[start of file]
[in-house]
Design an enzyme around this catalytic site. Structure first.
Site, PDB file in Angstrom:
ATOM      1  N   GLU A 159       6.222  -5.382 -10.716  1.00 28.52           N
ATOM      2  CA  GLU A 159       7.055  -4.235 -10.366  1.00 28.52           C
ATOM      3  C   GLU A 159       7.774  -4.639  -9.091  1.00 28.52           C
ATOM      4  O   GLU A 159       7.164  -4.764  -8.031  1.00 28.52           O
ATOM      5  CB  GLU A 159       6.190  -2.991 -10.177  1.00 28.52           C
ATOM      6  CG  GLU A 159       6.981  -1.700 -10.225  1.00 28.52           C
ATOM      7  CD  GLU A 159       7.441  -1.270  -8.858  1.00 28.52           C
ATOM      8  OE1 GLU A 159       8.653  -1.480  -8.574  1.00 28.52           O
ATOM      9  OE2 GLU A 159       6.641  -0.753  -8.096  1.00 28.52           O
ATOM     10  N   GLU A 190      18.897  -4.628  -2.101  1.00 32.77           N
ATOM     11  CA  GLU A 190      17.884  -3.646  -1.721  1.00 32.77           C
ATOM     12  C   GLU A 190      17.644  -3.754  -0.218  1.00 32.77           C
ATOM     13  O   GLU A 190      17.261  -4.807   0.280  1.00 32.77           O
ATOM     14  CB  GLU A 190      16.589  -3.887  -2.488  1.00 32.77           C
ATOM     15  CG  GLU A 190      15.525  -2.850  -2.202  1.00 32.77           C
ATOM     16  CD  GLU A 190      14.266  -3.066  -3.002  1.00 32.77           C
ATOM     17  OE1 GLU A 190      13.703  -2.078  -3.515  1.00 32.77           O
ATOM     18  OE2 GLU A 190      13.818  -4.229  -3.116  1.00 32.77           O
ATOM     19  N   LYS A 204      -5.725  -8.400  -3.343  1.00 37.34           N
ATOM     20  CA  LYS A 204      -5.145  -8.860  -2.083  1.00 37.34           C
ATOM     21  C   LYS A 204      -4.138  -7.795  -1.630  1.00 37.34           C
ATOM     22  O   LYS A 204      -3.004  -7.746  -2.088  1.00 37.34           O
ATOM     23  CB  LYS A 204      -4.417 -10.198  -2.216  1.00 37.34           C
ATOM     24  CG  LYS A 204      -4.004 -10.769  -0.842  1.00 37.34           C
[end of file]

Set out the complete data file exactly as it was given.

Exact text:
[in-house]
Design an enzyme around this catalytic site. Structure first.
Site, PDB file in Angstrom:
ATOM      1  N   GLU A 159       6.222  -5.382 -10.716  1.00 28.52           N
ATOM      2  CA  GLU A 159       7.055  -4.235 -10.366  1.00 28.52           C
ATOM      3  C   GLU A 159       7.774  -4.639  -9.091  1.00 28.52           C
ATOM      4  O   GLU A 159       7.164  -4.764  -8.031  1.00 28.52           O
ATOM      5  CB  GLU A 159       6.190  -2.991 -10.177  1.00 28.52           C
ATOM      6  CG  GLU A 159       6.981  -1.700 -10.225  1.00 28.52           C
ATOM      7  CD  GLU A 159       7.441  -1.270  -8.858  1.00 28.52           C
ATOM      8  OE1 GLU A 159       8.653  -1.480  -8.574  1.00 28.52           O
ATOM      9  OE2 GLU A 159       6.641  -0.753  -8.096  1.00 28.52           O
ATOM     10  N   GLU A 190      18.897  -4.628  -2.101  1.00 32.77           N
ATOM     11  CA  GLU A 190      17.884  -3.646  -1.721  1.00 32.77           C
ATOM     12  C   GLU A 190      17.644  -3.754  -0.218  1.00 32.77           C
ATOM     13  O   GLU A 190      17.261  -4.807   0.280  1.00 32.77           O
ATOM     14  CB  GLU A 190      16.589  -3.887  -2.488  1.00 32.77           C
ATOM     15  CG  GLU A 190      15.525  -2.850  -2.202  1.00 32.77           C
ATOM     16  CD  GLU A 190      14.266  -3.066  -3.002  1.00 32.77           C
ATOM     17  OE1 GLU A 190      13.703  -2.078  -3.515  1.00 32.77           O
ATOM     18  OE2 GLU A 190      13.818  -4.229  -3.116  1.00 32.77           O
ATOM     19  N   LYS A 204      -5.725  -8.400  -3.343  1.00 37.34           N
ATOM     20  CA  LYS A 204      -5.145  -8.860  -2.083  1.00 37.34           C
ATOM     21  C   LYS A 204      -4.138  -7.795  -1.630  1.00 37.34           C
ATOM     22  O   LYS A 204      -3.004  -7.746  -2.088  1.00 37.34           O
ATOM     23  CB  LYS A 204      -4.417 -10.198  -2.216  1.00 37.34           C
ATOM     24  CG  LYS A 204      -4.004 -10.769  -0.842  1.00 37.34           C